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how to debug java code?

 
Amisha Shah
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how can i debug java code step by step ? using command line and also using jcreator.
 
Michael Lachenmaier
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Sorry, I don't know jCreator. But I use NetBeans IDE and it has comfortable debugging features, and .... IT'S FREE!!! So, try out http://www.netbeans.org/
 
Justin Fox
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one way of doing it is just "System.out.println();"
you just print certain variables at different steps in the program
and you can see whats happening in that certain
method or whatever. I know many people dissagree that it's
useful, especially when you have netbeans debugger, but thats
what i do.

Justin Fox
 
Jesper de Jong
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From the command line: The Java SDK includes a tool called jdb, the Java debugger. Read the documentation here. However, this tool isn't very user-friendly and I wouldn't recommend it unless there's no alternative you can use.

IDEs such as NetBeans (mentioned above) and Eclipse have very good and user-friendly debuggers which allow you to set breakpoints, step through the code, look at the values of variables etc. I've never used JCreator but probably it also has a debugger like that. Have a look at the JCreator documentation.
 
Campbell Ritchie
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In JCreator you only have a debugger on the posh paid-for version, which you can try free of charge for a month.
If you have the LE version like me, you will have to follow Justin Fox's suggestion.
Look at this method which is supposed to add the sum of successive numbers (those who know a little arithmetic will remember this is not an efficient method to do this, and the more eagle-eyed Ranch members will see the reason for the out-by-one error before trying the method);Now, if you set it up with 0, 10, your printout reads 0 1 2 3 4 5 6 7 8 9. At this point you can see how the out-by-one error occurs. The //test bit allows you to use ctrl-F to locate all such testing code and delete it (or, for an assessment, to comment it out and show what you were up to).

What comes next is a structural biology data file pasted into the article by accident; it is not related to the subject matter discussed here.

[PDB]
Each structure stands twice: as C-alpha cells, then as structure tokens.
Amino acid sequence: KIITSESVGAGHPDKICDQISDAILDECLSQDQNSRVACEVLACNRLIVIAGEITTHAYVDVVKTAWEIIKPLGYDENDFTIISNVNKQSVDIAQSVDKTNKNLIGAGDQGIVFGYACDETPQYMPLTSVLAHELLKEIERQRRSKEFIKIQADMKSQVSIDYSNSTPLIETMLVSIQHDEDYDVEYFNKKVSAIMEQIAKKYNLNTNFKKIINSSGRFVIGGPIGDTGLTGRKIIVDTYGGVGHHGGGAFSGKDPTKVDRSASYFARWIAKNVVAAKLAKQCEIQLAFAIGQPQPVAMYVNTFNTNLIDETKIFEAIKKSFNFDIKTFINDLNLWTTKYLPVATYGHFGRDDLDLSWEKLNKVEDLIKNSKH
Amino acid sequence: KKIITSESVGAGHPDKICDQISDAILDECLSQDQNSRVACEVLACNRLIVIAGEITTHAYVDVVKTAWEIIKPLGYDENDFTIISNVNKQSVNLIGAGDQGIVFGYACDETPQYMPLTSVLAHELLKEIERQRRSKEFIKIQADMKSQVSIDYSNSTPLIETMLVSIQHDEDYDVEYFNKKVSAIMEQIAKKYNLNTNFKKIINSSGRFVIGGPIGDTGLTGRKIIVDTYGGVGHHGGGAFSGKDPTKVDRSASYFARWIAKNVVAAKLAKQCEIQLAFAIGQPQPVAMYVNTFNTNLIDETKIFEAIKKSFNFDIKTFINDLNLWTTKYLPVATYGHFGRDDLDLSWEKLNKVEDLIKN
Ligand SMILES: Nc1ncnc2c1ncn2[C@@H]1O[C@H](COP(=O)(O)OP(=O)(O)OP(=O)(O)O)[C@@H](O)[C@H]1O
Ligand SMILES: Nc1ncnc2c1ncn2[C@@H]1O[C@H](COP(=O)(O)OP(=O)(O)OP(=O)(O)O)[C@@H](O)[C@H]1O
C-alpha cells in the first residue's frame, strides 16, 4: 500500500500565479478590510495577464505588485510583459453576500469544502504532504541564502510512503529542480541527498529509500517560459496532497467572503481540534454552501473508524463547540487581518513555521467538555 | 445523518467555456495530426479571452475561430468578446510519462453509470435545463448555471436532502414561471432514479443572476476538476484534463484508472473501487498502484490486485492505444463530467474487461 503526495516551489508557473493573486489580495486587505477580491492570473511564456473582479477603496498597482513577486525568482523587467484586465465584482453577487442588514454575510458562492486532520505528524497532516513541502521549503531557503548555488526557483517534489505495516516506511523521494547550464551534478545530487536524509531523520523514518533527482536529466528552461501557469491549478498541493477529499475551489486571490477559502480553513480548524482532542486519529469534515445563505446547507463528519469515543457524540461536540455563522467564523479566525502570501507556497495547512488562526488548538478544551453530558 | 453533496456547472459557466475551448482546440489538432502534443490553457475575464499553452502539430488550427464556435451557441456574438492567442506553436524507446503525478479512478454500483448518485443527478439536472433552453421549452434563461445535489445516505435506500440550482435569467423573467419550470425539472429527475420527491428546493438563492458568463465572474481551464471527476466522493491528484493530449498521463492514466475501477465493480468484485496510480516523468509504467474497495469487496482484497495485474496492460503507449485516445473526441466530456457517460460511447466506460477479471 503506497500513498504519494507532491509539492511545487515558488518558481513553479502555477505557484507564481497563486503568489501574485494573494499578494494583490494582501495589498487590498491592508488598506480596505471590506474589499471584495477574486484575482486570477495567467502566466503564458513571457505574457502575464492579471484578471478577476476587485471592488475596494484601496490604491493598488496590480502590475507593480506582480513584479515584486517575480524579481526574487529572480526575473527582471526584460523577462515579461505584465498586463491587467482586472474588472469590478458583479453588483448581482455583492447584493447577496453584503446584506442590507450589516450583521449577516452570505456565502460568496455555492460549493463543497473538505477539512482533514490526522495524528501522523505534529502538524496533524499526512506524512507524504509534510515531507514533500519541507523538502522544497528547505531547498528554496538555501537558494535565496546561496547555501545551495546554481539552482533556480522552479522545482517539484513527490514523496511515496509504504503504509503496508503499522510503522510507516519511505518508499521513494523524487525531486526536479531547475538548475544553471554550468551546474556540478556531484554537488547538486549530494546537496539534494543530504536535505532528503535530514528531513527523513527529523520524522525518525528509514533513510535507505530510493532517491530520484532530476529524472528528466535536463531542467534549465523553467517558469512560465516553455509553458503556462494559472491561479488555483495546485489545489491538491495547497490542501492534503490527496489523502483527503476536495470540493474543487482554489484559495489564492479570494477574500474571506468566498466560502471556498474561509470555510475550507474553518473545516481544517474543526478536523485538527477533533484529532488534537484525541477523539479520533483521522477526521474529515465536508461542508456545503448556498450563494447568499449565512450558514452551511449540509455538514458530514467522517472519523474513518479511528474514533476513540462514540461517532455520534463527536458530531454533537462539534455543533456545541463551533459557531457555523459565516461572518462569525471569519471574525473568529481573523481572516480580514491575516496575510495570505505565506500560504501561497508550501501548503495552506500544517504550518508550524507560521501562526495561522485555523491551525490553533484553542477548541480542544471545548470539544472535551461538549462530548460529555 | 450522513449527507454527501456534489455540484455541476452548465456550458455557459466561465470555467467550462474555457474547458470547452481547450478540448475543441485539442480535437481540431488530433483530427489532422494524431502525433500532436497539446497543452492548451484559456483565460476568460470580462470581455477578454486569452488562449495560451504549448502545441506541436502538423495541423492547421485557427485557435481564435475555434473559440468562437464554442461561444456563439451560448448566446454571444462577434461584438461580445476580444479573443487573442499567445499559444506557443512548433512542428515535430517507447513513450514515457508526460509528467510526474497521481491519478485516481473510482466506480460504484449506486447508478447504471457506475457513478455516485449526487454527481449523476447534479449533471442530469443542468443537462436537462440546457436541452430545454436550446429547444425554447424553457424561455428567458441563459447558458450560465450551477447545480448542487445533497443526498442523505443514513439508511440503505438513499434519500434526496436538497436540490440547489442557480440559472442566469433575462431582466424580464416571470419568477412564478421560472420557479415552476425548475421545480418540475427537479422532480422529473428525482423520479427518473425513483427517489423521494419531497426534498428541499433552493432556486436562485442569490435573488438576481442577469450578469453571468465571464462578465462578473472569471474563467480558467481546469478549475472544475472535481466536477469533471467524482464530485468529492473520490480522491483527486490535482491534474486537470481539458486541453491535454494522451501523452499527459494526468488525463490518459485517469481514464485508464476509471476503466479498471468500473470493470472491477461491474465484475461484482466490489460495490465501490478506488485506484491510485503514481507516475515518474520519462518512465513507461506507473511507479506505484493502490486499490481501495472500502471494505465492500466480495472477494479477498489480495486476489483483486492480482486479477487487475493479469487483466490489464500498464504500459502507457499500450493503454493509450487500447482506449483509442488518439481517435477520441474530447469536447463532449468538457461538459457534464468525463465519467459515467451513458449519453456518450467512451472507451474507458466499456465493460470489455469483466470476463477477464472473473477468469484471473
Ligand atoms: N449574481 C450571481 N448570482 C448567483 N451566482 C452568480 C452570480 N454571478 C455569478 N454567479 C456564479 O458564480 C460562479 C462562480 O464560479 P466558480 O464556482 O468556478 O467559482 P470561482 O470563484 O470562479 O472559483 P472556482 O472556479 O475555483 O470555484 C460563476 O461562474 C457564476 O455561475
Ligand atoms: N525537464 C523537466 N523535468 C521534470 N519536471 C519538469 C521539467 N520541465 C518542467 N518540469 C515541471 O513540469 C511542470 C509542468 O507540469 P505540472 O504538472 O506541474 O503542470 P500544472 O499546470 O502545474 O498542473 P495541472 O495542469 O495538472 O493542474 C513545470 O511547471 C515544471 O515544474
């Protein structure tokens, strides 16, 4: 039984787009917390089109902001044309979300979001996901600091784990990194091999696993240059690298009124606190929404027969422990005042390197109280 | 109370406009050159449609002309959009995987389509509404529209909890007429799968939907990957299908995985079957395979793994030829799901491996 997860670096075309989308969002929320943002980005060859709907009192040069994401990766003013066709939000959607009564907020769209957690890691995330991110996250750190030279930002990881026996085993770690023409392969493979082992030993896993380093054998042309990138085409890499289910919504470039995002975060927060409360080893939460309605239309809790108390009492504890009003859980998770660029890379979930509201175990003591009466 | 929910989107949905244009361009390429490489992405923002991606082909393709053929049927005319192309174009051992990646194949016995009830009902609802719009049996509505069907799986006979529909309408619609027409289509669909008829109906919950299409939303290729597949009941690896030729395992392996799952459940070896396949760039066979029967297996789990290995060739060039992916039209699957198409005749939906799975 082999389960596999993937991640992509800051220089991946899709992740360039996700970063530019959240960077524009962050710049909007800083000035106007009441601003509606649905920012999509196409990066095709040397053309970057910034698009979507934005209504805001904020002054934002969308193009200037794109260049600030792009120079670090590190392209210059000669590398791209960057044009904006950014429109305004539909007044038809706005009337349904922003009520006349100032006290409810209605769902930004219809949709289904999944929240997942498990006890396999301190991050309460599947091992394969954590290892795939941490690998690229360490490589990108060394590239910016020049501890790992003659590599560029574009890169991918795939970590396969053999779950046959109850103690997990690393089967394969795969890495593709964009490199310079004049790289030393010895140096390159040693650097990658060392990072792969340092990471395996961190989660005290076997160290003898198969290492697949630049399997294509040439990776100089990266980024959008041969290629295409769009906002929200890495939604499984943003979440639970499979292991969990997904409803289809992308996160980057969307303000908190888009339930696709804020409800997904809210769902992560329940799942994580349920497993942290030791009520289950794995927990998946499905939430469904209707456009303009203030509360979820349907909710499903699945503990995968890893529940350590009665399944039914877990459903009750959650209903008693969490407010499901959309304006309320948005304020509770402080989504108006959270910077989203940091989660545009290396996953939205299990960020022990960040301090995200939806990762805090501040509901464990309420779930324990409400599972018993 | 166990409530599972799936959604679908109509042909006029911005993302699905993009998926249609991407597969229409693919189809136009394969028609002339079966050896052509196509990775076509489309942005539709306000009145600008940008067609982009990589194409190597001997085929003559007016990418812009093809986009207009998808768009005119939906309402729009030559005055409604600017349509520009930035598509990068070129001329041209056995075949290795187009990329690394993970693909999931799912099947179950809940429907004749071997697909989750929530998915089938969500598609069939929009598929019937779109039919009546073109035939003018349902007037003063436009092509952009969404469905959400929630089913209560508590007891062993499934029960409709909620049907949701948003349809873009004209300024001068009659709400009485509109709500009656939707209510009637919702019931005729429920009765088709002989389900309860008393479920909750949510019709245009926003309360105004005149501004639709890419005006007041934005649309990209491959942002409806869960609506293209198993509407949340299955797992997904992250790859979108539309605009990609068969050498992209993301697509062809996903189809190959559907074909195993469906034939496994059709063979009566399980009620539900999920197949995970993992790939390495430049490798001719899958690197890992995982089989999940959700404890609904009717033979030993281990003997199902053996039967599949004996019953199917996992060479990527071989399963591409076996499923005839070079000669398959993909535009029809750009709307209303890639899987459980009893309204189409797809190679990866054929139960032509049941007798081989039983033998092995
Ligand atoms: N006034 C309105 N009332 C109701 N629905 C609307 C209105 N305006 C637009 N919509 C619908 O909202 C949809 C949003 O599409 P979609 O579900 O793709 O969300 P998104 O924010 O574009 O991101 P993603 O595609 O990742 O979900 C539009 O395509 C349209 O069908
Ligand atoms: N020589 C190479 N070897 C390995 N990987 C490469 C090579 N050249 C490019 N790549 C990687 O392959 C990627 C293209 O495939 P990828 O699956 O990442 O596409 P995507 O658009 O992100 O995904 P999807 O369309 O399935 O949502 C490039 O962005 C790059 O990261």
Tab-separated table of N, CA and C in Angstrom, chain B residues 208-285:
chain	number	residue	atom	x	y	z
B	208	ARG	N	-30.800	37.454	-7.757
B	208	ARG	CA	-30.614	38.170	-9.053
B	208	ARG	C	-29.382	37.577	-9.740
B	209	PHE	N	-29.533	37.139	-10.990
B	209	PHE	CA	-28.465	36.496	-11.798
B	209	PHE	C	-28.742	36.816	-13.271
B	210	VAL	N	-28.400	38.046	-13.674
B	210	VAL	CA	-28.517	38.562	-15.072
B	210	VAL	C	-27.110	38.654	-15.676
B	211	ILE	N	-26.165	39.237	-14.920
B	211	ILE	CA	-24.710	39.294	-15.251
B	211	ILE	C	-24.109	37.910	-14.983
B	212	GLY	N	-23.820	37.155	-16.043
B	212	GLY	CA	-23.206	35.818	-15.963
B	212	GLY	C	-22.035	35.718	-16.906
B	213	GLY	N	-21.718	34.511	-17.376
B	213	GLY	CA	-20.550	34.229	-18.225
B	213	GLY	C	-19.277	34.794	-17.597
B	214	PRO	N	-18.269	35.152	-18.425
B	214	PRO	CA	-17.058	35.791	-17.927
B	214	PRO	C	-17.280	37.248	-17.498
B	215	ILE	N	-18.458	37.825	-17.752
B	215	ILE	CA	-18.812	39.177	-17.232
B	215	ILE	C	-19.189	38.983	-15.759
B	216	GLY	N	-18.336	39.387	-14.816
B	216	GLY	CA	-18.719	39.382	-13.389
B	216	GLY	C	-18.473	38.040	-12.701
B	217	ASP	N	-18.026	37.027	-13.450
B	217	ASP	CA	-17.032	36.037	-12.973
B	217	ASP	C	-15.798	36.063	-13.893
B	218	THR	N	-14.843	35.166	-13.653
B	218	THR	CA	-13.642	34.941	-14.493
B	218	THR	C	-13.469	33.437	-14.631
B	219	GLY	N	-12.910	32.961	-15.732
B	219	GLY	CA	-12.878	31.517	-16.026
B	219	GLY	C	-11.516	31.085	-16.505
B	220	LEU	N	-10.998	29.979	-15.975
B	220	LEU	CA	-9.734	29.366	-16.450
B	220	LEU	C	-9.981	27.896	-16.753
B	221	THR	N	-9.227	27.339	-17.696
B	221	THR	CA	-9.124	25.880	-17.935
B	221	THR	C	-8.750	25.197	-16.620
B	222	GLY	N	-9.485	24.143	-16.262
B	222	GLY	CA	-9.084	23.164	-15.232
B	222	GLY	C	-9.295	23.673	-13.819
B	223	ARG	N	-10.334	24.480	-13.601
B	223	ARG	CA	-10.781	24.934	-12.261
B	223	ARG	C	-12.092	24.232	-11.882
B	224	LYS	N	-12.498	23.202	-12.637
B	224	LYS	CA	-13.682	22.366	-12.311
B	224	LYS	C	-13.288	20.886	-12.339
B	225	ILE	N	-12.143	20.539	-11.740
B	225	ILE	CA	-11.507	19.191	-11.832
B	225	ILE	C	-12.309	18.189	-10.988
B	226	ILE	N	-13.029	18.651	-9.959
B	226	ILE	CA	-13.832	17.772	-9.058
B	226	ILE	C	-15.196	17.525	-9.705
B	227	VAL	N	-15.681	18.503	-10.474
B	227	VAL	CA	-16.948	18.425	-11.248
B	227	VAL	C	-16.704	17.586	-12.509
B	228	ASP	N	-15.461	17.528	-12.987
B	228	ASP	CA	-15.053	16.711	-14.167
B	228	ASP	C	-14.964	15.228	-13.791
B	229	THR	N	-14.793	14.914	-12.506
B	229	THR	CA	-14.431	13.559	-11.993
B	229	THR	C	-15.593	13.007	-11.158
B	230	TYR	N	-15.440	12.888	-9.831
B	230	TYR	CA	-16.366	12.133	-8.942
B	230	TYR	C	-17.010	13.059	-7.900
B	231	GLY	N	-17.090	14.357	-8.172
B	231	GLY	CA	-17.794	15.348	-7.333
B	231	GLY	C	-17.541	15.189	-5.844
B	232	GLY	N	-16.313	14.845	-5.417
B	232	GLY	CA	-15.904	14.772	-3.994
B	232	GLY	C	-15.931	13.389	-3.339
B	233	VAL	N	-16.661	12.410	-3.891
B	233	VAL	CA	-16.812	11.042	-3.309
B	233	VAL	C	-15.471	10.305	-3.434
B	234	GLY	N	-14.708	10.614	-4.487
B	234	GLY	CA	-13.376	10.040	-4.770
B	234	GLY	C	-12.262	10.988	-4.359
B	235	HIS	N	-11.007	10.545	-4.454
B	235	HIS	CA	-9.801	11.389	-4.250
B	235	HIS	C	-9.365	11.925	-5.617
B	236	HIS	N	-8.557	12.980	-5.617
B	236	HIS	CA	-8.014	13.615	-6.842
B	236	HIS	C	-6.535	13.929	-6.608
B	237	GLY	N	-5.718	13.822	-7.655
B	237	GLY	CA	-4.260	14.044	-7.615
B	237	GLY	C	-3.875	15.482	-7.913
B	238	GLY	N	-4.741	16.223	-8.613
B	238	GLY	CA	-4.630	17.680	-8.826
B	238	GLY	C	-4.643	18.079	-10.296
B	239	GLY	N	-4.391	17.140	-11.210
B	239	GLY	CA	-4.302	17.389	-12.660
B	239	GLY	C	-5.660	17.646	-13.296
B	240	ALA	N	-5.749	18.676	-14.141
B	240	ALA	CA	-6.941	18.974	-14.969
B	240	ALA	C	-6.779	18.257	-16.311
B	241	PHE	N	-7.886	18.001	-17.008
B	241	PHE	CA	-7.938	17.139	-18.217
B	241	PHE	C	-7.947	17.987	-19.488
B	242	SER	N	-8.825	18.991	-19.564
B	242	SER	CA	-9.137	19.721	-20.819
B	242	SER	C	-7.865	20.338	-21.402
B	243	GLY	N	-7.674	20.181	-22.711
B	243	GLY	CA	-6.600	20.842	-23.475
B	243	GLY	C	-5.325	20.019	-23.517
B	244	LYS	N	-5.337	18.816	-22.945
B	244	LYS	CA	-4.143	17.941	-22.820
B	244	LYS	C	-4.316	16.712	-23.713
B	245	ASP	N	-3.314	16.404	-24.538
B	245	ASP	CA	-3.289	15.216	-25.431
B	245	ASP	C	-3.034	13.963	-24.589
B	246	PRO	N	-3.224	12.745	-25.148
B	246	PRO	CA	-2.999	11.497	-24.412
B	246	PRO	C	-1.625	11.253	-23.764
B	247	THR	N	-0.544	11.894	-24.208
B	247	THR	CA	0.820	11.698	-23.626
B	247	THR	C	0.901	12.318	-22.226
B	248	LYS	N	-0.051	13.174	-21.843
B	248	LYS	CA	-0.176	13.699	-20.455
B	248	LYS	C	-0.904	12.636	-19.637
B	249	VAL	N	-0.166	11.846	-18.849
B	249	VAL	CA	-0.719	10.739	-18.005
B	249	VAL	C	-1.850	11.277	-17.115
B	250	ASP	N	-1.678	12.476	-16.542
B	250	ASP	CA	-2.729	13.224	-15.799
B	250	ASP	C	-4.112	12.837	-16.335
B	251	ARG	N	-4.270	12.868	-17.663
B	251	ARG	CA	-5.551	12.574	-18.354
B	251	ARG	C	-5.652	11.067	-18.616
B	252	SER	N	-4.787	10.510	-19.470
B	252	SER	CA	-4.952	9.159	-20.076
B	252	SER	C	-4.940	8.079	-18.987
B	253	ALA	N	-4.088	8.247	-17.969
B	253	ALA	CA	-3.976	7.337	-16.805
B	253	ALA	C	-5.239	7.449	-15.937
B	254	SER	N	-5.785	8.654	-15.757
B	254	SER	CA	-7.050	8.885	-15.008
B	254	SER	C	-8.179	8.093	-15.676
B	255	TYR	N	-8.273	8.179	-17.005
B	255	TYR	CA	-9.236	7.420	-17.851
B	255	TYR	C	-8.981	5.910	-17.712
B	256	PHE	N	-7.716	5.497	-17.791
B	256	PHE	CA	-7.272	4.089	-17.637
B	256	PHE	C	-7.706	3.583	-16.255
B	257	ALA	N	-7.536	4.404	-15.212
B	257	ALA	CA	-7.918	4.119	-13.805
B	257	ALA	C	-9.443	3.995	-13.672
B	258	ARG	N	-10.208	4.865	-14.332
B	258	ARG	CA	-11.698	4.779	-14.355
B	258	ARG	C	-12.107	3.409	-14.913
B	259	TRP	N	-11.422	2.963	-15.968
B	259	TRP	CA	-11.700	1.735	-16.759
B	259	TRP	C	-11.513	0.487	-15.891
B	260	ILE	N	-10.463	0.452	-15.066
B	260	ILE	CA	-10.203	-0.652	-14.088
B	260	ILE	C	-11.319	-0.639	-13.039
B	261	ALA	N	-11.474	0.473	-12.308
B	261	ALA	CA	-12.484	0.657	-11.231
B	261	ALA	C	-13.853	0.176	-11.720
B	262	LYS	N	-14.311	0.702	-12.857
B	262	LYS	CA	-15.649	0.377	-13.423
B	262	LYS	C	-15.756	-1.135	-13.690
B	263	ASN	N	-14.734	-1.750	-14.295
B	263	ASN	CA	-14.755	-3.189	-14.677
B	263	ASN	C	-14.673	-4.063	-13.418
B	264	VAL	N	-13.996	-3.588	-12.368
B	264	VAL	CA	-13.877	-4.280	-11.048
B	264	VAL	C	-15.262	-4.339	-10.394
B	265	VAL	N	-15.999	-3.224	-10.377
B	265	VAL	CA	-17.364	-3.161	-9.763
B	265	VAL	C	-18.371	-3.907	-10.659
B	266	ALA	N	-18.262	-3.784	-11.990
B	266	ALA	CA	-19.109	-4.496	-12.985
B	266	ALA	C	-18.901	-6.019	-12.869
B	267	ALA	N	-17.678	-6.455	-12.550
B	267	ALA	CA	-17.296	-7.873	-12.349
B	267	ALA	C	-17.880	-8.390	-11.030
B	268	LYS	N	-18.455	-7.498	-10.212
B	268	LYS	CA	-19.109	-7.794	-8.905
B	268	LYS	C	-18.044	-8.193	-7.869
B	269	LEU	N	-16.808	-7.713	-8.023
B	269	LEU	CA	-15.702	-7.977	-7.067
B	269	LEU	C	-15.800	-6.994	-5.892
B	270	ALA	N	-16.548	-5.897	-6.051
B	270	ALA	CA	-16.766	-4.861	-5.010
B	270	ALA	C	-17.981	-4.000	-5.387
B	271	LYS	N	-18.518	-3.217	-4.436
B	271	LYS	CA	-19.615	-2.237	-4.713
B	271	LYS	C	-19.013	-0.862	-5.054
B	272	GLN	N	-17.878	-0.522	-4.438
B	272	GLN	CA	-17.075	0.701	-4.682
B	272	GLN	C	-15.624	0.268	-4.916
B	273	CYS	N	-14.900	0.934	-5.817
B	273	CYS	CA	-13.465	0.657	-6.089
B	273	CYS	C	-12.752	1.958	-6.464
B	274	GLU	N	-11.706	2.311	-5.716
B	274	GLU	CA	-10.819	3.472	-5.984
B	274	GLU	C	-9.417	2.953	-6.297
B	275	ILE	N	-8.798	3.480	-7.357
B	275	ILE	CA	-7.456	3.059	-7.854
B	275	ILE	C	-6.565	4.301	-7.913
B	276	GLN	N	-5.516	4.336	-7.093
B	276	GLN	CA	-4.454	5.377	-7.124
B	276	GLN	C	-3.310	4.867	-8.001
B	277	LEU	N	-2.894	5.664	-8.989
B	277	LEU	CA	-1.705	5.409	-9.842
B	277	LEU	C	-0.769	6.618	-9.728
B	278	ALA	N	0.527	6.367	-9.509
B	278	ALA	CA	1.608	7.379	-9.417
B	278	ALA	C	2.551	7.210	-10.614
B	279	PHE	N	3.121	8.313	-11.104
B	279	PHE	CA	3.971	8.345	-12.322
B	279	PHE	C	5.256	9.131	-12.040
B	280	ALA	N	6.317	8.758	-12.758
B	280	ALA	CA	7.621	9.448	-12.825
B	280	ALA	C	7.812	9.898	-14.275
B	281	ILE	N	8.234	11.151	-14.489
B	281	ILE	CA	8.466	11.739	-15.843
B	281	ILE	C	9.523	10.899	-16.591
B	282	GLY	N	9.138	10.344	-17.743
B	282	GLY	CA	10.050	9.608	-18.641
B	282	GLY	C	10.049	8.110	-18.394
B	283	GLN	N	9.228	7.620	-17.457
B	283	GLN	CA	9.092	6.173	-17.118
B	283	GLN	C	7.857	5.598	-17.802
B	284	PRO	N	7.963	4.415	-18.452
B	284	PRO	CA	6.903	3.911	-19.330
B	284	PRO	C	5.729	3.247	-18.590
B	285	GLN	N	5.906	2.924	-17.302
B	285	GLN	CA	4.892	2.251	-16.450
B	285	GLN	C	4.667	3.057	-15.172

The JOptionPane in the constructor is a modal dialogue; it stops processing until you click its "OK" button, so you can halt processing wherever you wish.

So, using these display methods allows you
  • to follow the flow of code by showing line numbers or method names,
  • to allow methods to run freely, if you don't put any messages in them,
  • and (probably most important of all), to see the values of variables and objects during the flow of processing.

  • I hope this is of some help.

    CR
     
    Ulf Dittmer
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    There's also an excellent debugger that's not tied to an IDE - JSwat.
     
    Henry Wong
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    Originally posted by Justin Fox:
    one way of doing it is just "System.out.println();"
    you just print certain variables at different steps in the program
    and you can see whats happening in that certain
    method or whatever. I know many people dissagree that it's
    useful, especially when you have netbeans debugger, but thats
    what i do.


    Don't know about other people, but I'll add an "agreement" to this.

    Maybe it is because I generally work with Grids (lots of networked computers working as an unit), but I also either, do a lot of system outs, or bumping up the log4j levels, for the classes in question, on the nodes in question.

    The eclipse debugger is great for the early stages, when I'm debugging certain (isolated) features, on a single node, which is running on my computer. However, this case doesn't occur very often.

    Henry
     
    Don't get me started about those stupid light bulbs.
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